By Steve Heldon
Ethan Shulman | Staff Photographer
A news bulletin with a flyer for a “self-care and self-soothing workshop.”
October 16, 2022
Although Claire Stemmer has never skipped a class for a self-care day, she’s desperately wanted to.
“I’m just at a low point in the semester,” Stemmer, a sophomore theatre arts and linguistics major, said. “This semester has been pretty tiring. I’ve certainly been worse, but I could certainly be better.”
During Mental Health Awareness month at Pitt, students and professors are reflecting on University policies and initiatives that they think could improve mental health on campus. Stemmer said mental health problems can impede a student’s performance just as much as physical health, adding that she doesn’t think Pitt has a “good grasp on the state of its students.”
“Poor mental health can be equally as detrimental as poor physical health, and the stress of thinking about missed classes and missed work can make whatever problems a student may be having even worse,” Stemmer said. “It would be much more beneficial to the student community [if Pitt would] build a safe environment for them with easily accessible and plainly stated mental health resources at the forefront of their response.”
During the 2020-21 school year, Pitt gave students three self-care days throughout the year to replace spring break. While Stemmer said simply giving students mental health days would not be sufficient, they would help.
“I do not feel that one to two days is sufficient, especially considering the nature of mental health problems to spiral worse before they get better. That is not often something that can be helped by one single day,” Stemmer said. “[It] would be easy to implement more mental health days and understanding for mental health problems.”
However, one professor doesn’t think adding mental health days would solve all the mental health issues that students face. Melinda Ciccocioppo, an associate psychology professor, said many mental health problems are perpetuated by internal pressures to receive good grades and the financial burden of college. Ciccocioppo added that having these scattered breaks would make it difficult for scheduling and classwork.
“If someone is struggling from real mental health issues, a day off is not is not going to fix that, “ Ciccocioppo said. “So I think there needs to be then other solutions, besides just providing days off. I think one thing is just making sure that there are resources for students. Maybe letting students know about the fact that everyone struggles, right, that they’re not alone. That college is hard. It’s hard for everyone.”
“Removing some of those financial burdens would be wonderful,” Ciccocioppo added. “Also just kind of cultivating a culture amongst the students in general to just accept an A minus.”
Ciccocioppo said she receives emails every semester from students regarding their mental health, and she’s observed a few students who seem tired, stressed and depressed, but it is difficult to tell in her 400-person classes. Currently, she teaches Introduction to Psychology, Psychology of Gender and Psychology of Women+, with more than 835 students total.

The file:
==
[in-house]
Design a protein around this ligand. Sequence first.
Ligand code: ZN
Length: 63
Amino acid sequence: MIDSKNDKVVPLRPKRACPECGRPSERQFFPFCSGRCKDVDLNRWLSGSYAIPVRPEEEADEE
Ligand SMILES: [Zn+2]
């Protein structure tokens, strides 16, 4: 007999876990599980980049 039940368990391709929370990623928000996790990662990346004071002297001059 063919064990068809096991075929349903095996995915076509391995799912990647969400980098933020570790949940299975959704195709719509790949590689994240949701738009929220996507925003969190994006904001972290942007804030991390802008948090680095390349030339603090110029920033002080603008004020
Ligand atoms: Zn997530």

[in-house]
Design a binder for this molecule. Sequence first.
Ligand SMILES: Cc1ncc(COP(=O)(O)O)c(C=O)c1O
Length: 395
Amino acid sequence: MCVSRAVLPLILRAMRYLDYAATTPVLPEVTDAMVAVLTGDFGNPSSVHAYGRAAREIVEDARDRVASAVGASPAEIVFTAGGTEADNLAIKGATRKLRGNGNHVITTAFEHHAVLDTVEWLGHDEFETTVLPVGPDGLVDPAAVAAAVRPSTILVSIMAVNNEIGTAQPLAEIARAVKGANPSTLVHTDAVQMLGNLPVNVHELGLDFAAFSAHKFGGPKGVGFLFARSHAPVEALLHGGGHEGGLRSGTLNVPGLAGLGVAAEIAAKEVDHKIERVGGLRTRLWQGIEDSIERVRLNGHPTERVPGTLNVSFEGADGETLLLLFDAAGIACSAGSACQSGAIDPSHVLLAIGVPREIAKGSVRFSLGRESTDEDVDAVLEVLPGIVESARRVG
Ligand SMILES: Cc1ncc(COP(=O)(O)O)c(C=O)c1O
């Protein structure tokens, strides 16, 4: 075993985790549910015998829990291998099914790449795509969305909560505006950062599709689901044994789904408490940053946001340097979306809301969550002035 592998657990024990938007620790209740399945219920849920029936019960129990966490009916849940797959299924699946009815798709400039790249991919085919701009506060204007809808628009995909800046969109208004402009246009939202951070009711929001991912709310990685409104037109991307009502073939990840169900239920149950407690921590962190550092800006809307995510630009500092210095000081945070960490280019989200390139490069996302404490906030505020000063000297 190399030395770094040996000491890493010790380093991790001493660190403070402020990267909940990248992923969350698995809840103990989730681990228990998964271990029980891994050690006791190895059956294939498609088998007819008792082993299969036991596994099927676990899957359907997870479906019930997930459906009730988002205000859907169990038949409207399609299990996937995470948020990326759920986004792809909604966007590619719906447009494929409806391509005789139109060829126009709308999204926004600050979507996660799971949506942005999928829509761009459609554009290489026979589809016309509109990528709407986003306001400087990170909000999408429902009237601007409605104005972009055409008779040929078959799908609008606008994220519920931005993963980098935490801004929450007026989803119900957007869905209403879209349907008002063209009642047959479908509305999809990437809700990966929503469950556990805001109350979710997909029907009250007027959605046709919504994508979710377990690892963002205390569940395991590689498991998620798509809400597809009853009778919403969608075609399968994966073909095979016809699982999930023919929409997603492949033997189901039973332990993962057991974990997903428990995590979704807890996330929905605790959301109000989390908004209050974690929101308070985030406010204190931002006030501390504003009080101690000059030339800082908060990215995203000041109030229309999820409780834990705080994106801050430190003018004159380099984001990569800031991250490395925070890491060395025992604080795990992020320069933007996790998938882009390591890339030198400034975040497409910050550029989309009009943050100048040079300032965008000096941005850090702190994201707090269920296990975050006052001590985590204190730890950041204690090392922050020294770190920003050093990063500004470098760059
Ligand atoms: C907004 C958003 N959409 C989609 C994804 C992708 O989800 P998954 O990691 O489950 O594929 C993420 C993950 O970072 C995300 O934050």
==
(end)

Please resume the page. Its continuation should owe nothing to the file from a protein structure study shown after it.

“What’s most common when students are struggling with mental health issues is that they just stopped coming to class,” Ciccocioppo said. “For my small class, I can notice that and I can kind of flag it and sort of reach out and say, ‘Hey, is everything okay?’ That’s really difficult to do with my big classes.”
Ahmed Ghuman, the executive director of the Counseling Center, said the UCC offers many programs that strive to not only make students feel better, but also to redirect the culture on campus regarding mental health. Some services include individual, group and relationship therapy, “Flourish at Pitt: Supporting Students’ Emotional Well-Being” sessions and more.
Ghuman said the University shares information about these resources by going to first-year classes as well as posting ads online and in Pitt buildings. He said he wants all students to have access to mental health services and an understanding environment between students and staff regarding mental health.
“I think students being able to manage their self care and using the resources that are available to them […] is really important, but I think it’s really about, reshaping the culture at Pitt to promote student wellness student well being,” Ghuman said.
However, Stemmer said she was unaware of some of these services. She said she’d like Pitt to better advertise its services and ensure that professors are aware of the importance of mental health in the classroom.
“I am aware of the Counseling Center […] but that is more because of my own research and the general knowledge,” Stemmer said. “I don’t know the finer points of what the Counseling Center offers, which I think is indicative of it not being spoken about enough by the University in-depth.”
Ciccocioppo said while the Counseling Center offers students many resources and is constantly growing, it isn’t the perfect solution. At a large school, she said it’s hard to have enough staff to treat all students.
“I know the University Counseling Center has been working hard to try to make sure that they can accommodate students and that they can meet with students quickly. And my impression from students is that that has been improving,” she said. “But I also think, you know, there’s no way that the University Counseling Center is going to be able to meet all of the mental health demands. How many Pitt students are there? Probably around 20,000.”
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